Reporter Journal / Chen Weihua

Cyber sanctions report downplayed

By Chen Weihua in Washington (China Daily USA) Updated: 2015-09-01 09:50

"Unfortunately, the underlying assumption of US officials seems to be that the Chinese government itself is responsible for the attacks, even though the evidence for such an allegation is weak," he said.

Carpenter said this is a topic that badly needs better communications between the two governments.

Douglas Paal, vice-president for studies and director of the Asia program at the Carnegie Endowment for International Peace, said policymakers in China and the US have been too passive in addressing the cyber issue, so they have come to a point where retaliation is the issue.

"This will not play well in US or Chinese domestic politics, making management of the overall relationship more difficult, and policymakers should have foreseen this and taken control much earlier," he said.

"Now they are increasingly hostages to circumstance, not shapers of the environment."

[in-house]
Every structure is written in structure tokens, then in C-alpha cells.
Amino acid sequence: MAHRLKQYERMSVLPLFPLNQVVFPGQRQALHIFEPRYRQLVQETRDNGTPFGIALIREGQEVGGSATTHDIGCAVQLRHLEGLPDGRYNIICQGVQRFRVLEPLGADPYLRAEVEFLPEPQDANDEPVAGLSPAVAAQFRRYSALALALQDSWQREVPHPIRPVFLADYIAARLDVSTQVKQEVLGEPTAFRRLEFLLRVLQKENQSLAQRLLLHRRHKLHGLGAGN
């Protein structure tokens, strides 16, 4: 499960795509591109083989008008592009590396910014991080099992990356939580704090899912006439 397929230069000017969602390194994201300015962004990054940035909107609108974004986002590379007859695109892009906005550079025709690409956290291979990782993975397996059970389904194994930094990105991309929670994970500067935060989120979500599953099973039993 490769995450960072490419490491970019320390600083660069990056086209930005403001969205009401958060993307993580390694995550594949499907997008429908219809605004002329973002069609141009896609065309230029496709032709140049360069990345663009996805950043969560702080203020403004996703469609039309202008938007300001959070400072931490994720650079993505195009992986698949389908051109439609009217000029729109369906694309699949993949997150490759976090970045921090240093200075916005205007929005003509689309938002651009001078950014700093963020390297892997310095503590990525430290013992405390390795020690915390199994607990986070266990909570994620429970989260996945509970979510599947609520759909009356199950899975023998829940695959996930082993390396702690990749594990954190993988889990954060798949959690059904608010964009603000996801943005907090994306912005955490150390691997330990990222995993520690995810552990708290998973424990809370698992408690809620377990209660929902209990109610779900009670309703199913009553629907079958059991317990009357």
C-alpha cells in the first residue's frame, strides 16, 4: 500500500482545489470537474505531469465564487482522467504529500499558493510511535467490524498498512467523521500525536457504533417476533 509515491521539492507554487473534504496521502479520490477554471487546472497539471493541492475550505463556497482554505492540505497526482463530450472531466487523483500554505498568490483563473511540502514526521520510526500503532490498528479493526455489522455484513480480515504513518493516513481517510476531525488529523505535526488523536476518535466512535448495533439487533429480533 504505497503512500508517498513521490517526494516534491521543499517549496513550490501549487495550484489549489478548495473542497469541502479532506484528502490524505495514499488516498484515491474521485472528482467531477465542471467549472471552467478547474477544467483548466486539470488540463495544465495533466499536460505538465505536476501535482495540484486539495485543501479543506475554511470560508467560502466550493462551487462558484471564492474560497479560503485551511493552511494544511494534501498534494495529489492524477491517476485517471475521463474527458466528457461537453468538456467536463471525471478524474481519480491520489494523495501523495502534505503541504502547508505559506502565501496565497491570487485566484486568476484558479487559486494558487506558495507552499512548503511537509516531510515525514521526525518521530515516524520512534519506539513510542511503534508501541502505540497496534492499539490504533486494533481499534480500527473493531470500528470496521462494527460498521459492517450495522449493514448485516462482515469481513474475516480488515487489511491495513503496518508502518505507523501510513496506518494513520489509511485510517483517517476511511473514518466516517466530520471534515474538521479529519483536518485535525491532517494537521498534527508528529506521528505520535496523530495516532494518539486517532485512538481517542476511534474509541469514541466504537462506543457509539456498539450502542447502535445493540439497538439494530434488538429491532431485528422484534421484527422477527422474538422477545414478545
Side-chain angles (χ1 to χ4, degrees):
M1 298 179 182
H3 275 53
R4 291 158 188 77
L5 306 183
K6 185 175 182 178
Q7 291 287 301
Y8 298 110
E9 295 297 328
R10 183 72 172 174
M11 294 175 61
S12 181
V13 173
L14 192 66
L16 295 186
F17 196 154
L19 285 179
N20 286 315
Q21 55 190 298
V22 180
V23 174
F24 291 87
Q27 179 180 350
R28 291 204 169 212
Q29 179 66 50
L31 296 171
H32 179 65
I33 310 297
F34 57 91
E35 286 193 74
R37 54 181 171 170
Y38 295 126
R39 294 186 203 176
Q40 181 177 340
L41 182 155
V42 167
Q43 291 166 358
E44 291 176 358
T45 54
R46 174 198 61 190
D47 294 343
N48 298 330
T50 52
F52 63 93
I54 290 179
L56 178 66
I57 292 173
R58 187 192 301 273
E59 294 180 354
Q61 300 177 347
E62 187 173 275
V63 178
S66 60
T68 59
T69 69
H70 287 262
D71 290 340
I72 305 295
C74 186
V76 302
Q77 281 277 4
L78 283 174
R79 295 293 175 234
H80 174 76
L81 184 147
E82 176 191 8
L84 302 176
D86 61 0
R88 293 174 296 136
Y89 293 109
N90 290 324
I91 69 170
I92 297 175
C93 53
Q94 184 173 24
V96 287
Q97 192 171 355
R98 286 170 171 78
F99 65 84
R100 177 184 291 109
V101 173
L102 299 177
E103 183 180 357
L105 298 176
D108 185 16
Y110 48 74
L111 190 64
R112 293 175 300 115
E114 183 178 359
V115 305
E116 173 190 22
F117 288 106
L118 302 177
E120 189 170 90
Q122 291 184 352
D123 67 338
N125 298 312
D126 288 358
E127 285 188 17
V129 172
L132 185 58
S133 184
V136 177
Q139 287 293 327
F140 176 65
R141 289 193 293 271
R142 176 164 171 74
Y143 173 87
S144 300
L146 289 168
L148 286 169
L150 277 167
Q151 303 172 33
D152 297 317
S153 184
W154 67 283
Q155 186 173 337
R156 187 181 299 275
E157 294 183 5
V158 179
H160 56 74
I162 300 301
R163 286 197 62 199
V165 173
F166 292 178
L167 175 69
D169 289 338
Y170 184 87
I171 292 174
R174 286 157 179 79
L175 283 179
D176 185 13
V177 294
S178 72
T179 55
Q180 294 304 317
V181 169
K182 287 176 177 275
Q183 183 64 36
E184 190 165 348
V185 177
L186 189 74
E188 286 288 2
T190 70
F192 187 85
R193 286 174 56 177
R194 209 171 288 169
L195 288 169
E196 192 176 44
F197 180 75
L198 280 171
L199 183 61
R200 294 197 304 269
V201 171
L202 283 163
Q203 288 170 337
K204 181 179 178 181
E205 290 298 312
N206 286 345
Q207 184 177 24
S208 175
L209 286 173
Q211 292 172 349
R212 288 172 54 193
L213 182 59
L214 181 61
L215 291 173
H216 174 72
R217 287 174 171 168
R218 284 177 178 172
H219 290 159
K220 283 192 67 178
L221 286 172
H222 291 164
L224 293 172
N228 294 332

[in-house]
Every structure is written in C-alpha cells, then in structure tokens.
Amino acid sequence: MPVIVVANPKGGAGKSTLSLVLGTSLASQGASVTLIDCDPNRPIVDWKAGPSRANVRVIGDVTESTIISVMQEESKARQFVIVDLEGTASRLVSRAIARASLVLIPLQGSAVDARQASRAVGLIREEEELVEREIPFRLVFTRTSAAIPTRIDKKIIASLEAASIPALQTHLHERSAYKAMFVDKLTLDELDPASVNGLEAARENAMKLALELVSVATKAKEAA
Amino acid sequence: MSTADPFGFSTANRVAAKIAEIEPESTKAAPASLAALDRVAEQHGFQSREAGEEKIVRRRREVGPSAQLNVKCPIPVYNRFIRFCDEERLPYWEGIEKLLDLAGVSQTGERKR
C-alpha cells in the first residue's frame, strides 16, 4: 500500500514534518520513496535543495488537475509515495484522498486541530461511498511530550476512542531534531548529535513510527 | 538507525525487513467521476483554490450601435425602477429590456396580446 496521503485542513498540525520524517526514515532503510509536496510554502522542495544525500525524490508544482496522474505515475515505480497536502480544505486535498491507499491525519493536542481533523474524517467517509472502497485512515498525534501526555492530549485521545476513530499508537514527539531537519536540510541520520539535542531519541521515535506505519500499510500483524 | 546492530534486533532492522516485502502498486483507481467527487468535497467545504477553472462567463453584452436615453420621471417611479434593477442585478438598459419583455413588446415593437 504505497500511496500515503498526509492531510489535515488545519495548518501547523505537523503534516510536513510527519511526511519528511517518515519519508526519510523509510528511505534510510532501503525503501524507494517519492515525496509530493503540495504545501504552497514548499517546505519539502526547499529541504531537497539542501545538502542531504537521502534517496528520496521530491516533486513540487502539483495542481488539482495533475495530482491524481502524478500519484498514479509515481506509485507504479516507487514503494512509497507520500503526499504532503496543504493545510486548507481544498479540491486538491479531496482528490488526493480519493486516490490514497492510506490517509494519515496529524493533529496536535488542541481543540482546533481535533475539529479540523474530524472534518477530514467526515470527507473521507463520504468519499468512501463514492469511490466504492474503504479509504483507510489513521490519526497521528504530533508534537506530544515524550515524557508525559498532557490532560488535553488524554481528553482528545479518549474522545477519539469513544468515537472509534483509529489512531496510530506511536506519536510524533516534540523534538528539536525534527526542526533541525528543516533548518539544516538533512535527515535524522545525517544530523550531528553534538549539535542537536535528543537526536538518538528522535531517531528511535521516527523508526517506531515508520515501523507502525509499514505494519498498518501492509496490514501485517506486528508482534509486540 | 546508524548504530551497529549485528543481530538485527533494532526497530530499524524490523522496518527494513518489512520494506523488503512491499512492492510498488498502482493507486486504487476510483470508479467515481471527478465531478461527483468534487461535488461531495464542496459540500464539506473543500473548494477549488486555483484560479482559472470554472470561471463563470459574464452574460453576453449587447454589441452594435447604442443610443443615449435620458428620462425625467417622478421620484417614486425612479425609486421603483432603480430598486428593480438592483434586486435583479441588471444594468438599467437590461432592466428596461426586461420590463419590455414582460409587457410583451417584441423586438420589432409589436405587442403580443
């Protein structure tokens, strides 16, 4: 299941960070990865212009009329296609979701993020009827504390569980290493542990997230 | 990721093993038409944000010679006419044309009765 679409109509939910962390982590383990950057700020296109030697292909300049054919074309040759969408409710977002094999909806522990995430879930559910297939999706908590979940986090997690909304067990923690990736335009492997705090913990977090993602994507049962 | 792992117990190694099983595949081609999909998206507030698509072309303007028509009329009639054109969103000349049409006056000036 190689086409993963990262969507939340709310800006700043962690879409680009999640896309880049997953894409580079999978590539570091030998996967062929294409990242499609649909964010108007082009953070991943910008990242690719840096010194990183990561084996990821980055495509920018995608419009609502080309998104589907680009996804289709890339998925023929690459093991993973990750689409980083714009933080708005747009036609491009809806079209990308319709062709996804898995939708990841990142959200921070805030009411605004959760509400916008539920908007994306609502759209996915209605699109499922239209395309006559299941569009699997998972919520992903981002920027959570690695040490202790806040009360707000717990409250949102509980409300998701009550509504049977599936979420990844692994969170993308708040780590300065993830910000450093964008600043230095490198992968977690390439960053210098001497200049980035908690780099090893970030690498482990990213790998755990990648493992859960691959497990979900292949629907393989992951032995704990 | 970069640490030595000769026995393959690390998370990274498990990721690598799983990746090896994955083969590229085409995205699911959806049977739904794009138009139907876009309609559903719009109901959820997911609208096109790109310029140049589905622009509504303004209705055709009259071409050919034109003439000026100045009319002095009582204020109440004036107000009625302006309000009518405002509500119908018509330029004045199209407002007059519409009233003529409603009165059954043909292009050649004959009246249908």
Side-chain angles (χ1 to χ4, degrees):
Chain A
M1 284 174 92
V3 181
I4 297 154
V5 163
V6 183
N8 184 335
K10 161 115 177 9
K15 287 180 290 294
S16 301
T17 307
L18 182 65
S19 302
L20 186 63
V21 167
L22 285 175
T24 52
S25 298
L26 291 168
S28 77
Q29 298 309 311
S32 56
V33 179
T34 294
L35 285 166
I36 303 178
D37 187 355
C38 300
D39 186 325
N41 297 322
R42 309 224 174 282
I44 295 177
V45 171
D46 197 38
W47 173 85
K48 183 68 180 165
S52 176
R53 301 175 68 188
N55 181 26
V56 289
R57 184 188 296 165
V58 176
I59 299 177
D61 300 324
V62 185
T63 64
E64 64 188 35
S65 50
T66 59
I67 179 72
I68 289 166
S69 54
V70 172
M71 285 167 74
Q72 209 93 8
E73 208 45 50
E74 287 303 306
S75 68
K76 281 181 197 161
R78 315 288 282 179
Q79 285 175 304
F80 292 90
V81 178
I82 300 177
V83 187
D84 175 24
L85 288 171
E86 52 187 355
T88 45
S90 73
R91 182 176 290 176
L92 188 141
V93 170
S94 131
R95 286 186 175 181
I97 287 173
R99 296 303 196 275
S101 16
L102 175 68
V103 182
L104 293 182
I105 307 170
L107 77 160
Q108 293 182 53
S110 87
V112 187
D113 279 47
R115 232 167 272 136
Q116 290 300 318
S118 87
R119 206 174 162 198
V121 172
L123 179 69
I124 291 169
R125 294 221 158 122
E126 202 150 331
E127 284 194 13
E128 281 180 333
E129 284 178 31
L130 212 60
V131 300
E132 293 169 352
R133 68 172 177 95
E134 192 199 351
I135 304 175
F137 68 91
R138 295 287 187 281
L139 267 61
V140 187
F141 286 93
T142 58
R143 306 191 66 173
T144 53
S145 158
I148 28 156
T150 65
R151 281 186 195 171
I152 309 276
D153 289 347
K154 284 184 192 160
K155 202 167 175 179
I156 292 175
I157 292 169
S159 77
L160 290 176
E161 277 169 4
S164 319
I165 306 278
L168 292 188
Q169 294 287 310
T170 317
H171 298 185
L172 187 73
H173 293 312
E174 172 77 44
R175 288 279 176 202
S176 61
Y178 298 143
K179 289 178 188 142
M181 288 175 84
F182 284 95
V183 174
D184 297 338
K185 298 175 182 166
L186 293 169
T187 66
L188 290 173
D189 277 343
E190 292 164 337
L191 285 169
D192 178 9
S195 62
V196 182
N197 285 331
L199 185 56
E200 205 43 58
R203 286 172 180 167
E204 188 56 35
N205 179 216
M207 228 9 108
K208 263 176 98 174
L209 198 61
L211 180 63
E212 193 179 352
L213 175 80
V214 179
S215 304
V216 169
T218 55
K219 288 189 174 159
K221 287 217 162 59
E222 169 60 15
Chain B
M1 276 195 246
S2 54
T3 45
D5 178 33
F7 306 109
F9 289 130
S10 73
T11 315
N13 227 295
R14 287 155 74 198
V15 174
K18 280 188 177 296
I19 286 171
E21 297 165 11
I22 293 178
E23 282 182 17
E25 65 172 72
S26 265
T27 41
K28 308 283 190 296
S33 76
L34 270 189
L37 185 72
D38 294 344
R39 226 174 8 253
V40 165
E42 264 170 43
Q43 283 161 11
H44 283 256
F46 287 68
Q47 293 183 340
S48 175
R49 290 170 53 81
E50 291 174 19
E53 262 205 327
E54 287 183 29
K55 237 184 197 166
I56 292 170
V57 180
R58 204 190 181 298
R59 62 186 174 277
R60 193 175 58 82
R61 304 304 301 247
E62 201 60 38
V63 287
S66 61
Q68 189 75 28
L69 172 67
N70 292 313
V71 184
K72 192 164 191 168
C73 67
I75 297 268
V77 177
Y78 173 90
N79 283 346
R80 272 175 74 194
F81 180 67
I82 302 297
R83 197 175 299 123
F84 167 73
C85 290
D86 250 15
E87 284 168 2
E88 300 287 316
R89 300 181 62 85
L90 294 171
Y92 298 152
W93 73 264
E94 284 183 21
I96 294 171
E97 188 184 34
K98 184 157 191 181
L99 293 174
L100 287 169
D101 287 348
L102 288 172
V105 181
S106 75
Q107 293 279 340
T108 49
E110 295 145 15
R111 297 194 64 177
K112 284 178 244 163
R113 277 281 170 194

Writing in the US magazine The National Interest on Aug 26, Chinese Ambassador to the US Cui Tiankai said China is a major victim of cyberattacks, and a large portion of such activities originate from foreign countries.

"Cyberattacks are usually conducted anonymously and across borders, making them hard to trace back to the source. Unfounded accusations or megaphone diplomacy will be nothing but counterproductive. If we work together rather than separately on these issues, there is certainly a lot more to achieve," he wrote.

Cybersecurity is likely to be one of the key issues when Chinese President Xi Jinping meets with US President Barack Obama in Washington in late September during Xi's state visit.

A White House press release dated Aug 29 said US National Security Advisor Susan Rice emphasized during her trip to Beijing from Aug 28-29 the need to confront differences constructively, including on issues such as cyber, Chinese currency, maritime and human rights.

Rice, who was in China to prepare for Xi's visit, reaffirmed the US commitment to develop and deepen practical cooperation in areas of overlapping interest and to address disagreements forthrightly and effectively, according to the press release.

The State Department also announced on Monday that Daniel Russel, the US assistant secretary of state for East Asian and Pacific Affairs, will be in Beijing from Sept 6-8 to meet senior Chinese officials to discuss a range of issues crucial in the bilateral relationship.


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